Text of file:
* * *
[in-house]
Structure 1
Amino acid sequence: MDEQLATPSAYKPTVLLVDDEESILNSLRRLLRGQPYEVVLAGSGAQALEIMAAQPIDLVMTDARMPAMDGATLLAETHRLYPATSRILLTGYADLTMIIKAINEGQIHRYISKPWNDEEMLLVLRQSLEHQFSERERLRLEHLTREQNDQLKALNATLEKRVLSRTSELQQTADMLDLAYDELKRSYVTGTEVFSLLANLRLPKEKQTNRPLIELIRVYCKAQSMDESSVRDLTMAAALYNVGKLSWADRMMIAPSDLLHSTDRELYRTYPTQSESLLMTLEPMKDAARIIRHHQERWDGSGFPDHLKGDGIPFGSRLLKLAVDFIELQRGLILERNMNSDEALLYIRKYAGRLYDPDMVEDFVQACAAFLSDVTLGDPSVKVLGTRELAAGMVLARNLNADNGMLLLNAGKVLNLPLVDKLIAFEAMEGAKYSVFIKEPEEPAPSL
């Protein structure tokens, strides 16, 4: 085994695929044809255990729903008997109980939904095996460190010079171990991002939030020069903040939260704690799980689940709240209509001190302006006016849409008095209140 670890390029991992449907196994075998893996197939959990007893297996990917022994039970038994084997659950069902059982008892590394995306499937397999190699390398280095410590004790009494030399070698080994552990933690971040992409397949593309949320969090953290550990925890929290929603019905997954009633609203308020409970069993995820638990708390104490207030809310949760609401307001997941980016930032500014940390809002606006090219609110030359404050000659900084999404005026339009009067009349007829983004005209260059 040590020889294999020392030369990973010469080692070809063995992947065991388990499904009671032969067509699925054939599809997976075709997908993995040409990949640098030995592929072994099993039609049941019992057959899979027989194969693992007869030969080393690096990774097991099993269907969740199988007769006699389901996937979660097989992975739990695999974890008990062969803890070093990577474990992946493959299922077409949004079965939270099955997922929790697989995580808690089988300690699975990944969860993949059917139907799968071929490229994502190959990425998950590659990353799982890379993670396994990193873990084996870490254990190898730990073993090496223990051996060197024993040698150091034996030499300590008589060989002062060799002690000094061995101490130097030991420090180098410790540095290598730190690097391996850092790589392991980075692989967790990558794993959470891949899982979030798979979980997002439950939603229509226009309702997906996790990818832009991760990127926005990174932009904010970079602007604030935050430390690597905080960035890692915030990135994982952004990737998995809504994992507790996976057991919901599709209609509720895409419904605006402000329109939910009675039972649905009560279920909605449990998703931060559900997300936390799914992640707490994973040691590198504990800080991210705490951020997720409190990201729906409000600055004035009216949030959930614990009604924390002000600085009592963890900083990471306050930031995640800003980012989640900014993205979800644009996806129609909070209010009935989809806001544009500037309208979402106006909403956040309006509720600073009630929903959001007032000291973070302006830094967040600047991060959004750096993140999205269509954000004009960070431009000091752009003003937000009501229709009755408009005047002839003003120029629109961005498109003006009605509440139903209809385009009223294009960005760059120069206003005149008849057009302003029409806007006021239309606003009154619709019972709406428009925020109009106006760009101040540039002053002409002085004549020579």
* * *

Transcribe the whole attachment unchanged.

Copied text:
[in-house]
Structure 1
Amino acid sequence: MDEQLATPSAYKPTVLLVDDEESILNSLRRLLRGQPYEVVLAGSGAQALEIMAAQPIDLVMTDARMPAMDGATLLAETHRLYPATSRILLTGYADLTMIIKAINEGQIHRYISKPWNDEEMLLVLRQSLEHQFSERERLRLEHLTREQNDQLKALNATLEKRVLSRTSELQQTADMLDLAYDELKRSYVTGTEVFSLLANLRLPKEKQTNRPLIELIRVYCKAQSMDESSVRDLTMAAALYNVGKLSWADRMMIAPSDLLHSTDRELYRTYPTQSESLLMTLEPMKDAARIIRHHQERWDGSGFPDHLKGDGIPFGSRLLKLAVDFIELQRGLILERNMNSDEALLYIRKYAGRLYDPDMVEDFVQACAAFLSDVTLGDPSVKVLGTRELAAGMVLARNLNADNGMLLLNAGKVLNLPLVDKLIAFEAMEGAKYSVFIKEPEEPAPSL
């Protein structure tokens, strides 16, 4: 085994695929044809255990729903008997109980939904095996460190010079171990991002939030020069903040939260704690799980689940709240209509001190302006006016849409008095209140 670890390029991992449907196994075998893996197939959990007893297996990917022994039970038994084997659950069902059982008892590394995306499937397999190699390398280095410590004790009494030399070698080994552990933690971040992409397949593309949320969090953290550990925890929290929603019905997954009633609203308020409970069993995820638990708390104490207030809310949760609401307001997941980016930032500014940390809002606006090219609110030359404050000659900084999404005026339009009067009349007829983004005209260059 040590020889294999020392030369990973010469080692070809063995992947065991388990499904009671032969067509699925054939599809997976075709997908993995040409990949640098030995592929072994099993039609049941019992057959899979027989194969693992007869030969080393690096990774097991099993269907969740199988007769006699389901996937979660097989992975739990695999974890008990062969803890070093990577474990992946493959299922077409949004079965939270099955997922929790697989995580808690089988300690699975990944969860993949059917139907799968071929490229994502190959990425998950590659990353799982890379993670396994990193873990084996870490254990190898730990073993090496223990051996060197024993040698150091034996030499300590008589060989002062060799002690000094061995101490130097030991420090180098410790540095290598730190690097391996850092790589392991980075692989967790990558794993959470891949899982979030798979979980997002439950939603229509226009309702997906996790990818832009991760990127926005990174932009904010970079602007604030935050430390690597905080960035890692915030990135994982952004990737998995809504994992507790996976057991919901599709209609509720895409419904605006402000329109939910009675039972649905009560279920909605449990998703931060559900997300936390799914992640707490994973040691590198504990800080991210705490951020997720409190990201729906409000600055004035009216949030959930614990009604924390002000600085009592963890900083990471306050930031995640800003980012989640900014993205979800644009996806129609909070209010009935989809806001544009500037309208979402106006909403956040309006509720600073009630929903959001007032000291973070302006830094967040600047991060959004750096993140999205269509954000004009960070431009000091752009003003937000009501229709009755408009005047002839003003120029629109961005498109003006009605509440139903209809385009009223294009960005760059120069206003005149008849057009302003029409806007006021239309606003009154619709019972709406428009925020109009106006760009101040540039002053002409002085004549020579």